# ml to Grams / Grams to ml

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## How much is 1 ml in grams?

**
Converting between ml and grams for water is a simple 1:1 conversion process. This is because one gram of water equals exactly one milliliter.
For other ingredients, the density of the ingredient should be factored in. As an example, 1ml of milk measures around 1.04g and 1ml of cooking oil
measures around 0.92g.
**

## ml to grams conversion chart

ml | Water (g) | Flour (g) | Milk (g) |
---|---|---|---|

1 ml |
1 g | 0.53 g | 1.04 g |

2 ml |
2g | 1.1g | 2.1g |

3 ml |
3g | 1.6g | 3.1g |

4 ml |
4g | 2.1g | 4.1g |

5 ml |
5g | 2.6g | 5.2g |

6 ml |
6g | 3.2g | 6.2g |

7 ml |
7g | 3.7g | 7.2g |

8 ml |
8g | 4.2g | 8.3g |

9 ml |
9g | 4.8g | 9.3g |

10 ml |
10g | 5.3g | 10.4g |

20 ml |
20g | 11g | 21g |

30 ml |
30g | 16g | 31g |

40 ml |
40g | 21g | 41g |

50 ml |
50g | 26g | 52g |

60 ml |
60g | 32g | 62g |

70 ml |
70g | 37g | 72g |

80 ml |
80g | 42g | 83g |

90 ml |
90g | 48g | 93g |

100 ml |
100g | 53g | 104g |

150 ml |
150g | 79g | 155g |

200 ml |
200g | 106g | 207g |

250 ml |
250g | 132g | 259g |

300 ml |
300g | 159g | 311g |

350 ml |
350g | 185g | 362g |

400 ml |
400g | 212g | 414g |

450 ml |
450g | 238g | 466g |

500 ml |
500g | 265g | 518g |

### 500 ml to grams

The number of grams in 500 milliliters depends on the ingredient density. For sugar, 500ml weighs around 424g. For milk, 500ml weighs around 518g. For water, 500ml equals exactly 500g.

### 236 ml to grams

The conversion of 236 milliliters (1 US cup) to grams depends on the ingredient you're measuring. For flour, 236ml converts to about 125g. For sugar, it's about 200g. For butter, it's about 226g.

A standard US cup measures 236.6ml.

## Grams to ml conversion chart

Grams | Water (ml) | Flour (ml) | Milk (ml) |
---|---|---|---|

1g |
1ml | 1.9ml | 0.97ml |

2g |
2ml | 3.8ml | 1.93ml |

3g |
3ml | 5.7ml | 2.9ml |

4g |
4ml | 7.6ml | 3.86ml |

5g |
5ml | 9.5ml | 4.83ml |

6g |
6ml | 11.3ml | 5.8ml |

7g |
7ml | 13.2ml | 6.76ml |

8g |
8ml | 15.1ml | 7.73ml |

9g |
9ml | 17ml | 8.7ml |

10g |
10ml | 18.9ml | 9.66ml |

20g |
20ml | 38ml | 19ml |

30g |
30ml | 57ml | 29ml |

40g |
40ml | 76ml | 39ml |

50g |
50ml | 95ml | 48ml |

60g |
60ml | 113ml | 58ml |

70g |
70ml | 132ml | 68ml |

80g |
80ml | 151ml | 77ml |

90g |
90ml | 170ml | 87ml |

100g |
100ml | 189ml | 97ml |

150g |
150ml | 284ml | 145ml |

200g |
200ml | 378ml | 193ml |

250g |
250ml | 473ml | 242ml |

300g |
300ml | 567ml | 290ml |

350g |
350ml | 662ml | 338ml |

400g |
400ml | 756ml | 386ml |

450g |
450ml | 851ml | 435ml |

500g |
500ml | 945ml | 483ml |

### 50 grams to ml

The conversion of 50 grams to milliliters depends upon the ingredient you're using. For sugar, 50g converts to around 59ml. For flour, 50g converts to around 95ml.
For water, 50g equals exactly 50ml. To ensure high accuracy with measuring dry ingredients, it's recommended to use kitchen scales, rather than measuring by volume.
^{1}

### 500 grams to ml

The number of milliliters in 500 grams is dependent upon the ingredient. For sugar, 500g equates to around 590ml. For flour, 500g equates to around 945ml.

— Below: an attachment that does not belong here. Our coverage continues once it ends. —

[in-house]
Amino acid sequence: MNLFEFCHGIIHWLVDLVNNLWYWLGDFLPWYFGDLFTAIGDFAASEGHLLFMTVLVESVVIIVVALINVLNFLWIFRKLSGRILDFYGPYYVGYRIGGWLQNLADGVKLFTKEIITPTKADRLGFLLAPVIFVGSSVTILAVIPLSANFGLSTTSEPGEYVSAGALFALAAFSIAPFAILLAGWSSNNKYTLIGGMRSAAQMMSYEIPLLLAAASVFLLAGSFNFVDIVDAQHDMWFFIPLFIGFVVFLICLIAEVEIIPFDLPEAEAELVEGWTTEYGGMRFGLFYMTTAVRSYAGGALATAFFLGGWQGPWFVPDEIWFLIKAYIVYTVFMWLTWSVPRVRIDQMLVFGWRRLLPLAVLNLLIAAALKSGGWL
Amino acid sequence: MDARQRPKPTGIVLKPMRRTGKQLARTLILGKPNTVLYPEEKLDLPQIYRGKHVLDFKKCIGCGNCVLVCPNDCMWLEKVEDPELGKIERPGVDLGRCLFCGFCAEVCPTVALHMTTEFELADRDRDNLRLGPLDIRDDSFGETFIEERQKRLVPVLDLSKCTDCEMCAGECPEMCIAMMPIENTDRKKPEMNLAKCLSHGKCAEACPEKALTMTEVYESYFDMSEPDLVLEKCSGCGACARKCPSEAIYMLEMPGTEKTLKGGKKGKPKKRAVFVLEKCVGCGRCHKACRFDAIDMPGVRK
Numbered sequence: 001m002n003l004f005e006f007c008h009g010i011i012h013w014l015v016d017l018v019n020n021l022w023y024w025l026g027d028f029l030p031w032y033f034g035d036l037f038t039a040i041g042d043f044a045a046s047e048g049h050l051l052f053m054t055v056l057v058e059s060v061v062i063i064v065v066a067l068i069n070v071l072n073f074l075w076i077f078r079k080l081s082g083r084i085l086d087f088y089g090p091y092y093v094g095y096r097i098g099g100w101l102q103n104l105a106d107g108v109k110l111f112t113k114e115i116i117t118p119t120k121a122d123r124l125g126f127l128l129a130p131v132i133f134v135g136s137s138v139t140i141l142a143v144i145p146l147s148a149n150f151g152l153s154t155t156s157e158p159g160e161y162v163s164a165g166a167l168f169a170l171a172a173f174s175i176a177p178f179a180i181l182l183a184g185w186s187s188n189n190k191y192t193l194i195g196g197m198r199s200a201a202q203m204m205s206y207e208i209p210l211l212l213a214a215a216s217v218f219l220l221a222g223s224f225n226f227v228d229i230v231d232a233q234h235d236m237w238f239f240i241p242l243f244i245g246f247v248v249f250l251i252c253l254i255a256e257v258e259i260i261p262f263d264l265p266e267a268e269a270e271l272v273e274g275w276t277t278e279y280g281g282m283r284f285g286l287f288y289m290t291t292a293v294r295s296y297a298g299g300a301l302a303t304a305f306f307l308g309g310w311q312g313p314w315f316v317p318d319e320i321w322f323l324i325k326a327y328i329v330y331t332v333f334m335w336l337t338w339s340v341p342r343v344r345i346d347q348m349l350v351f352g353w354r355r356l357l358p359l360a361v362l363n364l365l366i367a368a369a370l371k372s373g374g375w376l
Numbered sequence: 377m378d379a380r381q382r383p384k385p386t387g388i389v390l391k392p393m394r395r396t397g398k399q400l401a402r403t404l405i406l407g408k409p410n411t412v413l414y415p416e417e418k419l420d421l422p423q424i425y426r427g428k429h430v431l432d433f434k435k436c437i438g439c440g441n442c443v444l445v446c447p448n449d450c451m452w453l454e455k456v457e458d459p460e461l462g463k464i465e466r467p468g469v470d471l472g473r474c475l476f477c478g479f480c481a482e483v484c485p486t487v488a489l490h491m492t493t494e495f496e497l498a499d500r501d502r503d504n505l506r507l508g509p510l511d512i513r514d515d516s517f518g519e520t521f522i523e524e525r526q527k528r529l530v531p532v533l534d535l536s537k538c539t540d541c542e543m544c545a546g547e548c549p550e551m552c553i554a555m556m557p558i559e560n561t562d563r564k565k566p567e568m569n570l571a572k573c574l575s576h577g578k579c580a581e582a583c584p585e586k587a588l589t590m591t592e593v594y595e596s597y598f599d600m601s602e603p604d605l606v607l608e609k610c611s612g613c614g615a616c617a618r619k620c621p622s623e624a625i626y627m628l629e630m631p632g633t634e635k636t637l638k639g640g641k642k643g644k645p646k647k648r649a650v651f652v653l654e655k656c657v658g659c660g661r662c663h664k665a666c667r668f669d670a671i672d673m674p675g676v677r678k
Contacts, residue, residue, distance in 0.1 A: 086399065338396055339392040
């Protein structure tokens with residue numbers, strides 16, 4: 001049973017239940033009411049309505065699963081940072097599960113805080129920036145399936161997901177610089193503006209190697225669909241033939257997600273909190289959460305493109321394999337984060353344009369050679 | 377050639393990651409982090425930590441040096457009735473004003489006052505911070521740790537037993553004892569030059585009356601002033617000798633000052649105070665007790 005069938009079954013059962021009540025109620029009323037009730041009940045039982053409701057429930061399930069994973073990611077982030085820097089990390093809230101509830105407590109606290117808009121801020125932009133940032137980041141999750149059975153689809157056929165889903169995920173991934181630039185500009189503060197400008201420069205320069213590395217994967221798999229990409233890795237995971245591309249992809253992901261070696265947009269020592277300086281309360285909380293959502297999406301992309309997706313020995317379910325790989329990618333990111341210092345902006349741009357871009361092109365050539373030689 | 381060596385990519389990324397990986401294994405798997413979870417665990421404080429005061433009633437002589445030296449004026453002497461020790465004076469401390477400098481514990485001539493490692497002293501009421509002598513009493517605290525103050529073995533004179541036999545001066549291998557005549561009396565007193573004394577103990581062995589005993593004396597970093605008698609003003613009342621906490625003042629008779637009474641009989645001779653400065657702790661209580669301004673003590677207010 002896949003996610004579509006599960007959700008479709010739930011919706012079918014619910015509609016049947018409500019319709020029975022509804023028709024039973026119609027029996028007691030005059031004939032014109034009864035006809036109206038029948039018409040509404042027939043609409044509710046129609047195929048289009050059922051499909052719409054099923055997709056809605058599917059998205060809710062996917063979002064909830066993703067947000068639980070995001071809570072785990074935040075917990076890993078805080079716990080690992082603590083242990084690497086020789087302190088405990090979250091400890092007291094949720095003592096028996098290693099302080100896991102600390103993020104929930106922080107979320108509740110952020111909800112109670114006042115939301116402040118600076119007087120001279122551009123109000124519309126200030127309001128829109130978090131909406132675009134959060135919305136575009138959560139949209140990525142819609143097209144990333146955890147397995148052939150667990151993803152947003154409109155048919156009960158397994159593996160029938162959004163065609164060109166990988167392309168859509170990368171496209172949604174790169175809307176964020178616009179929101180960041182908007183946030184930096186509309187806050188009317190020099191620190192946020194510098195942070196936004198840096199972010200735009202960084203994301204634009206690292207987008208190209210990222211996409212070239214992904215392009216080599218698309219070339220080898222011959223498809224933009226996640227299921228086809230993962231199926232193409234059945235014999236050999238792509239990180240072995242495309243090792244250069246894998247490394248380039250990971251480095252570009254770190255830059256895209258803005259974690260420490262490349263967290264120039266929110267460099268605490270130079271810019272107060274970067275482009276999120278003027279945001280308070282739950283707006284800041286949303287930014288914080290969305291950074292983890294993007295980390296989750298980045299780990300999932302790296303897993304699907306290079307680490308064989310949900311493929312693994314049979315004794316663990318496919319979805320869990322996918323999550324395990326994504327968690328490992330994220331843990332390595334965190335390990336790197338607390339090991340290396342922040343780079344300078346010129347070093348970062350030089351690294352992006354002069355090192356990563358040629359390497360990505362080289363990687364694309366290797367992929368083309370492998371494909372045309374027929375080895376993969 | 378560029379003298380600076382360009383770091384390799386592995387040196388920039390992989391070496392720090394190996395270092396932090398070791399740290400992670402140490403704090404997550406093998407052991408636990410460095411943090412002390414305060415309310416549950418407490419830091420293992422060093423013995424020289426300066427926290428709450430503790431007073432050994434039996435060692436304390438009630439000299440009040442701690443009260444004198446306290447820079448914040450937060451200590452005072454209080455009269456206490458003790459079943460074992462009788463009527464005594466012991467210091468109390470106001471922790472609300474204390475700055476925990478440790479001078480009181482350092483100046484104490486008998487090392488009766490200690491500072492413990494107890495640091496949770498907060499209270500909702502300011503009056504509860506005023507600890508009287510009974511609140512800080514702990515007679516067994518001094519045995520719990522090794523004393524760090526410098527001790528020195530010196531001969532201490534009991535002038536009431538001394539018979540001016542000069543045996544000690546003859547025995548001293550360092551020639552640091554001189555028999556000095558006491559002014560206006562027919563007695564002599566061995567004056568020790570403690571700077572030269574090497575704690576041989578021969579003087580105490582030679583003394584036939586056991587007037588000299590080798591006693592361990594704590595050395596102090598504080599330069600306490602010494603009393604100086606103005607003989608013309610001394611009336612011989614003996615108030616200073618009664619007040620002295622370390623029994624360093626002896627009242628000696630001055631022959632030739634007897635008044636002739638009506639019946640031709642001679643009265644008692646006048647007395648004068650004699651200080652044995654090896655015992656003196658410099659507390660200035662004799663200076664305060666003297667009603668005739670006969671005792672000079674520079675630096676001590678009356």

For water, 500g equals exactly 500ml. You're recommended to use kitchen scales to measure dry ingredients, rather than measuring by volume, for maximum
accuracy. ^{1}

## How to convert ml to grams

**
To convert milliliters to grams, multiply the volume (in ml) by the density of the ingredient (in g/ml). You need to factor in the ingredient density
because some ingredients are denser, and therefore heavier, than others. E.g. 150ml of sugar weighs less than 150ml of honey.
**

The formula for converting milliliters to grams looks like this:

Let's look at a real world example of a milliliters to grams conversion.

**Example:** Mabel wants to convert 15ml of milk to grams. She finds that her milk has a density
of 1.04 g/ml. Her calculation is therefore as follows:

15 × 1.04 = **15.53 grams**.

Although the milliliter is a unit of volume and gram a unit of weight, we've shown that it is possible to convert between the two, providing you know the density of your ingredient. Note that the density unit needs to match the other units in the conversion - g/ml (or g/cm³). If it doesn't, you will need to convert it first.

In its section of cooking measurement tips, The National Institute of Standards and Technology's
Office of Weights and Measures recommends using
kitchen scales to measure dry ingredients by mass (weight), rather than measuring by volume, to maintain accuracy. This is because the density of the ingredient
can vary greatly. ^{1}

If you don't have access to a set of kitchen scales, or your recipe only gives ingredients in milliliters, you can calculate the weight in grams by using our calculator.

## How to convert grams to ml

**
To convert grams to millilieters, divide your weight (in grams) by the density of the ingredient (in g/ml). Your ingredient density needs to be
factored in because ingredient density (and, therefore, weight) varies. E.g. 150ml of honey weighs more than 150ml of sugar.
**

Let's look at another real world example.

**Example:** Mabel wants to convert 5g of yeast to milliliters. She finds that her yeast has a density
of 0.95 g/ml. So, her calculation looks like this:

5 ÷ 0.95 = **5.26 ml**.

Mabel remembers there are 4.9ml in a teaspoon (US). She therefore adds 1.1 teaspoons of yeast to her recipe.

## Other cooking conversions

To convert between other cooking units including grams, pounds, cups, tablespoons, teaspoons and more, give the cooking converter a try.

Calculator created by Alastair Hazell.### References

- NIST - Office of Weights and Measures. Metric Cooking Resources